Jamie Isenstein??s contribution is a parody of an old-fashioned radio ventriloquism show. On this episode of Inside Out with Jamie Isenstein, the artist interviews her own skeleton and her Suave Brand Skin Therapy Moisturizing Lotion, which proceeds to promote its book Surface Tension: The Changing Face of American Culture, which looks at the effects of plastic surgery on popular music.



Tom Johnson
Tom Johnson is a sculptor who also creates spoken performances. He presents a new twenty-five minute spoken piece for radio. Taking himself as the form he is most familiar with, Johnson uses words to chip away at himself and mine his self-perception and self-consciousness. His monologue is taught with confession and vulnerability and is set in dialogue with the expectation of radio as an intimate medium, encountered mostly alone or at home.



Nina Katchadourian
Nina Katchadourian presents Wanted, an audio work from 1995 (a collaboration with Julia Meltzer), in which an ad was placed in the Village Voice advertising a fictitious studio apartment for rent with the dimensions 6×9 x 7 feet, the size of a standard American jail cell. Eager to see the room, 117 callers left messages on her answering machine during the first 24 hours alone, providing personal details and eccentric requests in the form of disembodied voices.



Bruce Pearson
An avid record collector, painter Bruce Pearson compresses a massive archive of records into a few minutes. Extracting only the percussion from hundreds of songs, he loops each drum sample, adding a new one every few seconds, until the whole becomes a mass of stacked sound. An exploration of what happens when silence is removed from the musical equation, this new work consists of a gradual accumulation of sampled beats to the point that they create a solid mass. He collaborates with Marco A. Navarrete.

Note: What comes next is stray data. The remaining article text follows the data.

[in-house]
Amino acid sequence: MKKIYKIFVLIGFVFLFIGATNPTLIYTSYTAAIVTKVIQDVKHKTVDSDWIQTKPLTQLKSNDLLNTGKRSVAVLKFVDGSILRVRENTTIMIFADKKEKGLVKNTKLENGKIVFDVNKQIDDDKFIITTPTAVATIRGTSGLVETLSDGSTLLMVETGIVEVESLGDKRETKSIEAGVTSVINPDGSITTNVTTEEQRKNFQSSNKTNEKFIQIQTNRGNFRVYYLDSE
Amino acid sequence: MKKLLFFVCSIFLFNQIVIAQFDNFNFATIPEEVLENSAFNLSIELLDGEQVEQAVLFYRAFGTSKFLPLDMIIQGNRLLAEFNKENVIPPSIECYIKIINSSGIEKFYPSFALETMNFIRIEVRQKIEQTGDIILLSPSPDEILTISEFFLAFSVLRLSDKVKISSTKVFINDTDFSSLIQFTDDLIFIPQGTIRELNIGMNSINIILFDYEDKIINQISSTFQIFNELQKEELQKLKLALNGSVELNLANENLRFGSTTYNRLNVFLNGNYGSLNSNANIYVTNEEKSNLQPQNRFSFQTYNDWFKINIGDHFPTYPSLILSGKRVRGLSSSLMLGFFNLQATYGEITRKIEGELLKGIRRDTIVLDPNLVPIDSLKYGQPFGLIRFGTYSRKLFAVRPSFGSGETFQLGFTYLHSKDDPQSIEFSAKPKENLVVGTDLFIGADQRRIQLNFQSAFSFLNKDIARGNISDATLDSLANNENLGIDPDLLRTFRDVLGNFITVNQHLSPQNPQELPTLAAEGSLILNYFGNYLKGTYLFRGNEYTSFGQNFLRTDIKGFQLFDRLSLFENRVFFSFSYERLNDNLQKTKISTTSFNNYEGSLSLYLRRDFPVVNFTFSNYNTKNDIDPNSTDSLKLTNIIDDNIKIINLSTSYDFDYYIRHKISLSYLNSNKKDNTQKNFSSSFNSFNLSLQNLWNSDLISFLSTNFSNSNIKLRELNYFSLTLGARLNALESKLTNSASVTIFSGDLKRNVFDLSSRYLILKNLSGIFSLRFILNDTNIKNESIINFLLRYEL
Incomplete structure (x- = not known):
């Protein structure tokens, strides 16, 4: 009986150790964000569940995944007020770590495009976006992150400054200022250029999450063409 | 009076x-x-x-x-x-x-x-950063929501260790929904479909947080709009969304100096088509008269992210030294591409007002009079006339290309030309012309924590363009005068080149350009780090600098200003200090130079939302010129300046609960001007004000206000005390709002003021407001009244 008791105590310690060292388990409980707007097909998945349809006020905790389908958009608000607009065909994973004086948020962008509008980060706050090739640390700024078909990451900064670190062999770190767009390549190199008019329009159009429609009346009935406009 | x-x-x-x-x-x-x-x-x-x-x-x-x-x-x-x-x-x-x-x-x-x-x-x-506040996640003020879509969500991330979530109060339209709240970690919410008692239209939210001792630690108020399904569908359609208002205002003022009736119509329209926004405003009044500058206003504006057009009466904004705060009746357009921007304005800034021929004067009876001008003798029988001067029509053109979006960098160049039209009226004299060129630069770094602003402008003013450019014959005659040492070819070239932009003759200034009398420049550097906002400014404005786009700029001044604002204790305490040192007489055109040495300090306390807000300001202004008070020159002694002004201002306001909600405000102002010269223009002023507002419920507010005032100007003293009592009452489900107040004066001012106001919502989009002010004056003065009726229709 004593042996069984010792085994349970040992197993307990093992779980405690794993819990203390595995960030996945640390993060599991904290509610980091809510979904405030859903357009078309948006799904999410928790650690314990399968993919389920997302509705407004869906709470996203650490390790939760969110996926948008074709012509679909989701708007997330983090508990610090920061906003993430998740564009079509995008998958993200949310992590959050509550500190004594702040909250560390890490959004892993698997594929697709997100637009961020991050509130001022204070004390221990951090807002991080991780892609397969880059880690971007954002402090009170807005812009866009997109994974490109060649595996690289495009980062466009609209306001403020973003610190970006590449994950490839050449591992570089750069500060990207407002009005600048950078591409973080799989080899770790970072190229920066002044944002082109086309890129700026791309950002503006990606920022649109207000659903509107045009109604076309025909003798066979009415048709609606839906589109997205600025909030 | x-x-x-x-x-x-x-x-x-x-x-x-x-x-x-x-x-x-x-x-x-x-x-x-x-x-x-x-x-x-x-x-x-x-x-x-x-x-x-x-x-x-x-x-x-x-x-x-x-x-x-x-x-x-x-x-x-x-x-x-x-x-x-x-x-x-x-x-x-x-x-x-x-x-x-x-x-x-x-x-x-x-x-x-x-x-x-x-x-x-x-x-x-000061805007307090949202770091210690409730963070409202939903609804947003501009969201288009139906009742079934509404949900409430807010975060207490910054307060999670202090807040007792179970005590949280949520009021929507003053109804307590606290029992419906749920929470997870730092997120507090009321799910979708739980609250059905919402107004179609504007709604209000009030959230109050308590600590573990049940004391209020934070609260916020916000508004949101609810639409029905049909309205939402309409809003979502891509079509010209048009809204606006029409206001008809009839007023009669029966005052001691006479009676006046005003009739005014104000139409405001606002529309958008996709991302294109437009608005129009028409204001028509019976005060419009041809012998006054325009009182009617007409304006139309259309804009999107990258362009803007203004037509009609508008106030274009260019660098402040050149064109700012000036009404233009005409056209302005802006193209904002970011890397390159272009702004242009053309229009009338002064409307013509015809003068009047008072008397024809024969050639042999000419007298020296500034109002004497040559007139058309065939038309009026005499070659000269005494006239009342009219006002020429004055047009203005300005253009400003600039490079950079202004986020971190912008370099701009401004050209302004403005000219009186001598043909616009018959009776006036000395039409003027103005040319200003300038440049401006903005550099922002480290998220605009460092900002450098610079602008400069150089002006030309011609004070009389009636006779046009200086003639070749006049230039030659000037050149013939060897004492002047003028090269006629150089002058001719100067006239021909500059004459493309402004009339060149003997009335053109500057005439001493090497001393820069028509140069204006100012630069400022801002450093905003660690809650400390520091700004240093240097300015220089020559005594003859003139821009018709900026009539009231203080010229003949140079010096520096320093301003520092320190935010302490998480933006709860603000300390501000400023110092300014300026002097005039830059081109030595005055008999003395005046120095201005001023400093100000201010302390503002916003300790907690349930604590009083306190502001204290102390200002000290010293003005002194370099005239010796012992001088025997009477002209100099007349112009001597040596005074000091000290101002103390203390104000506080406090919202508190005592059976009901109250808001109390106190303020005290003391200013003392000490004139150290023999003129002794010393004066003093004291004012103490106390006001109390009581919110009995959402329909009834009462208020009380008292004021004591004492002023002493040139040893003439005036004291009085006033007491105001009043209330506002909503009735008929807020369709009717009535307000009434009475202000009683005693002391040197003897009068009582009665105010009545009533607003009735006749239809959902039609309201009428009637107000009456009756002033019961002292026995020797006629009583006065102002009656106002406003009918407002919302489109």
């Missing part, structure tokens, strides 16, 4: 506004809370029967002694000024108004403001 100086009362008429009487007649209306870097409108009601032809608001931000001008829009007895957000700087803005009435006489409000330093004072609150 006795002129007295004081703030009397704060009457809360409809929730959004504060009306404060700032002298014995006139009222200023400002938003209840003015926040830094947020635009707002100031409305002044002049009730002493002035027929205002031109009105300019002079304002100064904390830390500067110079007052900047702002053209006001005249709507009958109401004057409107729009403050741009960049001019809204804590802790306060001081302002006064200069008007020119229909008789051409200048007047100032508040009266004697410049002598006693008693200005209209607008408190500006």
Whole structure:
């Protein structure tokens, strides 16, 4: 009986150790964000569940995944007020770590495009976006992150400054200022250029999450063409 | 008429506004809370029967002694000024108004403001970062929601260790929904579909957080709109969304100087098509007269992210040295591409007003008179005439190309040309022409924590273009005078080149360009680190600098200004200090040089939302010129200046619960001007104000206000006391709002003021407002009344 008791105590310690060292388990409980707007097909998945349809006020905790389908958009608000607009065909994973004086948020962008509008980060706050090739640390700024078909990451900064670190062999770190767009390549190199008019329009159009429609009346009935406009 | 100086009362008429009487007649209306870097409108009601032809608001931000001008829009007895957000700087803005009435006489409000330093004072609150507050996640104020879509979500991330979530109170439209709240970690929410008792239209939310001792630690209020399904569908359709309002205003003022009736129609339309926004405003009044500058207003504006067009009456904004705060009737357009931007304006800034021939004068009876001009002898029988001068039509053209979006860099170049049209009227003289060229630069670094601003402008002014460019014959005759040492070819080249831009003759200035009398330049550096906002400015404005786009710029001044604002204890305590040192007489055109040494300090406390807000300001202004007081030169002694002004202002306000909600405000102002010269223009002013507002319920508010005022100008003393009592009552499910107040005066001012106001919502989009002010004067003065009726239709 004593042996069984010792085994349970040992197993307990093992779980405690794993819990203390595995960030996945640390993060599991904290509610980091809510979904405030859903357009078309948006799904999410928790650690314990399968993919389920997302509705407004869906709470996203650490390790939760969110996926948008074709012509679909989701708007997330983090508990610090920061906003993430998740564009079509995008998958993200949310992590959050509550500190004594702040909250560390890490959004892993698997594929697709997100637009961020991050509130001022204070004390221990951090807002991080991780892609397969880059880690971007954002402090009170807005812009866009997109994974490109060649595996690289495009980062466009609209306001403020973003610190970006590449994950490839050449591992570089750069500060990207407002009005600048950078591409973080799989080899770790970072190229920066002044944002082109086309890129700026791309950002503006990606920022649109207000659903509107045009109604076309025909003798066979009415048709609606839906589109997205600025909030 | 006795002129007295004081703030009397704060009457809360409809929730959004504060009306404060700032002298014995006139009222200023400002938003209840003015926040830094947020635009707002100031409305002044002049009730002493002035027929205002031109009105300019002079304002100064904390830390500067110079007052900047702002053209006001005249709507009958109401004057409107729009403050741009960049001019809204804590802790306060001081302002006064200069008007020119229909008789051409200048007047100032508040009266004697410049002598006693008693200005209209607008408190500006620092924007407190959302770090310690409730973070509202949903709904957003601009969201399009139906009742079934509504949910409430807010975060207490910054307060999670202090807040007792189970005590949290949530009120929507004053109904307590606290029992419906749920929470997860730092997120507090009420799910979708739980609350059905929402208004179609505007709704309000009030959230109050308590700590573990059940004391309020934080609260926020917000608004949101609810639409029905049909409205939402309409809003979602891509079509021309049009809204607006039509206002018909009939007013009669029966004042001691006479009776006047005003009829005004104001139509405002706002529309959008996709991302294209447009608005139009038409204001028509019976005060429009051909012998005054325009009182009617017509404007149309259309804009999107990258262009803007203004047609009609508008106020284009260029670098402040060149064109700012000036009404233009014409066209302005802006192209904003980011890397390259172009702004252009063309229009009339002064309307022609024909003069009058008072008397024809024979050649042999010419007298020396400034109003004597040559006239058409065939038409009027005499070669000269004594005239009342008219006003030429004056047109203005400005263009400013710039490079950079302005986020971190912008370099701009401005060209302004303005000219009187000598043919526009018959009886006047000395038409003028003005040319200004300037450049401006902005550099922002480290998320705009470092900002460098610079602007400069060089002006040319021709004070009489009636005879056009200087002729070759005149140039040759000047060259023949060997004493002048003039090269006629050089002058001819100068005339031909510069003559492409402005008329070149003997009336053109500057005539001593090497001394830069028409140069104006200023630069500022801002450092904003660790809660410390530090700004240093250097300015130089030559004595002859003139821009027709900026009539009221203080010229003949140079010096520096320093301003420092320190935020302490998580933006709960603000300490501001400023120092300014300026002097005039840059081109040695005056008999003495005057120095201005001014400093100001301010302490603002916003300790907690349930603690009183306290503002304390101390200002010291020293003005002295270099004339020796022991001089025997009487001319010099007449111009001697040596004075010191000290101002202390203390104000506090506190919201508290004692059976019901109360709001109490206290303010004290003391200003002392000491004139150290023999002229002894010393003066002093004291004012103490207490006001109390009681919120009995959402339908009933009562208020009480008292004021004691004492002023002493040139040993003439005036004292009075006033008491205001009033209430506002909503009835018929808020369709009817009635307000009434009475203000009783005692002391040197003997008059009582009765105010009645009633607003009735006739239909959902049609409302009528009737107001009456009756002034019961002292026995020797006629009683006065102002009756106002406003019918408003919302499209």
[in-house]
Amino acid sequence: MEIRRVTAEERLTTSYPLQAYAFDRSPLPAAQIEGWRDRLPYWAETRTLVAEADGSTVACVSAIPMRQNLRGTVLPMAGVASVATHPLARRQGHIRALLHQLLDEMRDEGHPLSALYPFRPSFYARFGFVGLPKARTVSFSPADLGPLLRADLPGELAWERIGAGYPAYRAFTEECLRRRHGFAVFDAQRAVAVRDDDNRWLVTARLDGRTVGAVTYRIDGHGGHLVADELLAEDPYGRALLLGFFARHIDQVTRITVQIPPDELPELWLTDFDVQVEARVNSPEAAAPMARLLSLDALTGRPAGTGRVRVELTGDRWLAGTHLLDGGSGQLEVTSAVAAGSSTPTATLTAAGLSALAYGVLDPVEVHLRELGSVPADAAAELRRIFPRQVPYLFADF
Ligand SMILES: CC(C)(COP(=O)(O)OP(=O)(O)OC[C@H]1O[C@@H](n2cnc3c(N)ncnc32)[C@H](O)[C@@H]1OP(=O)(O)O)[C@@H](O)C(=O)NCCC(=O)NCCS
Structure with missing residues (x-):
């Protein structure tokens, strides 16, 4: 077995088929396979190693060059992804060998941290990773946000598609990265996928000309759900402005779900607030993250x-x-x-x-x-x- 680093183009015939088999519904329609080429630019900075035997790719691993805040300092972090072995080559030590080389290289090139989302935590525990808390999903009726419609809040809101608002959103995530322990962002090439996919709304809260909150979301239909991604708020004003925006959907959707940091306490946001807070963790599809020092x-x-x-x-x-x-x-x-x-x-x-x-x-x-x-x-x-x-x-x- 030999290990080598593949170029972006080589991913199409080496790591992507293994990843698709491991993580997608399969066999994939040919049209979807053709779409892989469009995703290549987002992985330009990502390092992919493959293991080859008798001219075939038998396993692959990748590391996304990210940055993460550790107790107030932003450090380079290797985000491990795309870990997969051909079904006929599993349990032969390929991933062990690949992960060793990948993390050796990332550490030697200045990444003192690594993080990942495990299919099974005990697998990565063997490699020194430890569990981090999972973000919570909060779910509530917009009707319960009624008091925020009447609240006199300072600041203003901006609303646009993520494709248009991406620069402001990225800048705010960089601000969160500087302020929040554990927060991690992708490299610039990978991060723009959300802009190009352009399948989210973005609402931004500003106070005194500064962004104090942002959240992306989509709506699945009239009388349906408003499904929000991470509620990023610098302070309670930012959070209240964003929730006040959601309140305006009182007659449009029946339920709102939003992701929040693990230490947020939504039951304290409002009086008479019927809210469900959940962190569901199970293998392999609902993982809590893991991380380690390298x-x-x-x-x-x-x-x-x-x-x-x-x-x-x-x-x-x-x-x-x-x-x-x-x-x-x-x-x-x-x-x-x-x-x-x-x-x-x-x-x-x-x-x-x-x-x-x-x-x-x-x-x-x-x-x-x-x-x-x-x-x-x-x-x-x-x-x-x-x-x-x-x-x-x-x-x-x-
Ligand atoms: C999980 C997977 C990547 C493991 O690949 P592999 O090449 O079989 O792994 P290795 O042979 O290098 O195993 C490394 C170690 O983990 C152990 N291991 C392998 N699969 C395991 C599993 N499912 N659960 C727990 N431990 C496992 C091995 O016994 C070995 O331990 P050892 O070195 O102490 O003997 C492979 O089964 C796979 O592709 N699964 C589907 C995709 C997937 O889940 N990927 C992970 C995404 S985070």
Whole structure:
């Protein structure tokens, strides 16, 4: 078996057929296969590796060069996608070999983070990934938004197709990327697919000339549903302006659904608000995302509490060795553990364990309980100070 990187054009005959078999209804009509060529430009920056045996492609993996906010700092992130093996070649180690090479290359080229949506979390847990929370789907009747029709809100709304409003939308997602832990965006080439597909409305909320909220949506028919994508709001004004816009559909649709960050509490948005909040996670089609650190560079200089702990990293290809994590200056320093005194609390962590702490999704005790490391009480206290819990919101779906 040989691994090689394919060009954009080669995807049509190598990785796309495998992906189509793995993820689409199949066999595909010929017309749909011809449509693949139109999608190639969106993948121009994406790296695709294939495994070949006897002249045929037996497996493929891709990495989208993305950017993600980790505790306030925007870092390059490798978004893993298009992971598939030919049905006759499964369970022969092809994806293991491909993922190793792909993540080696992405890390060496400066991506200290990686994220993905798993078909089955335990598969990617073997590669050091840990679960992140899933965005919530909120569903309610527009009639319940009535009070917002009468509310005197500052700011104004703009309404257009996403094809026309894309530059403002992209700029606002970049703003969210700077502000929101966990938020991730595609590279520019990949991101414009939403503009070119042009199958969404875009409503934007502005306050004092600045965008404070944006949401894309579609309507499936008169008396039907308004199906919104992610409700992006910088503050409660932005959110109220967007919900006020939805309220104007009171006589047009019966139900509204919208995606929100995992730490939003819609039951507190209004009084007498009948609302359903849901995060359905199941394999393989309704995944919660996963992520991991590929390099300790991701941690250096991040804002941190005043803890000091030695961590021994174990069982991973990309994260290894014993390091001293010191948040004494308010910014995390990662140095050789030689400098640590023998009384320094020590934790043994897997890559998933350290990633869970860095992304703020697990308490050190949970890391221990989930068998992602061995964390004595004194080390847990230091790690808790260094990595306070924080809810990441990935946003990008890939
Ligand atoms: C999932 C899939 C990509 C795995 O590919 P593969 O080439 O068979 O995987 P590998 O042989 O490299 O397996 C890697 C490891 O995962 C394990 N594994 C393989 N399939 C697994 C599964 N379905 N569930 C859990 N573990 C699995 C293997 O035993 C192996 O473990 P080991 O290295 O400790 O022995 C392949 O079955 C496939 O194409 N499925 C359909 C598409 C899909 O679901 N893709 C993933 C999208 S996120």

Lucy Raven
During her recent stay at the Center for Land Use Interpretation??s residency in Utah, Lucy Raven collaborated with Olivia Robinson and Jesse Stiles, reporting from inside the Wendover airbase, once the home of the Enola Gay, and the atomic bombs named Fat Man and Little Boy. From the base, the artists relay signals and communicate with correspondents in Los Alamos, in a radio exchange that crosses over the emptiest airspace in the country, picking up chatter and wind in between. This new site-specific sound work is based on military radio communications.



Michael Smith
Michael Smith presents a collection of his audio works from the 1970s and 1980s. His selection of droll, minimal sketches are as much about timing, inflection and delivery as they are about witnessing the workings of one??s mind trying to make sense. On the radio, his mundane everyday observations replace a traditional talk show.



Mungo Thomson
For The Collected Live Recording of Bob Dylan 1963-1995, Mungo Thompson has compiled the applause from Bob Dylan??s live albums. Beginning with a banned appearance on The Ed Sullivan Show in 1963 and closing with an MTV Unplugged session in 1995, the 30-minute work abstractly captures a history of Dylan??s audiences and turns radio space into a place of celebration and unrewarded expectations.



John Tremblay
In the mid-1990s, John Tremblay made many field recordings on the streets of New York on lo-fi micro-cassette. Capturing music and spontaneous quips from colorful characters, excerpts from his collection of tapes offer a few dense minutes of raw energy from a time few people think about anymore. Ambient noises join unkempt commentaries to create a street-level archive of New York??s cultural fringes.



Banks Violette
In collaboration with heavy-metal musician Stephen O??Malley, Banks Violette reverse-engineers a radio broadcast. In preparation for his live on-air performance, the two artists compose and record a new musical track. In the broadcast booth, the artists transform their produced product into un-produced chaos by systematically decomposing and fracturing their own compositional efforts.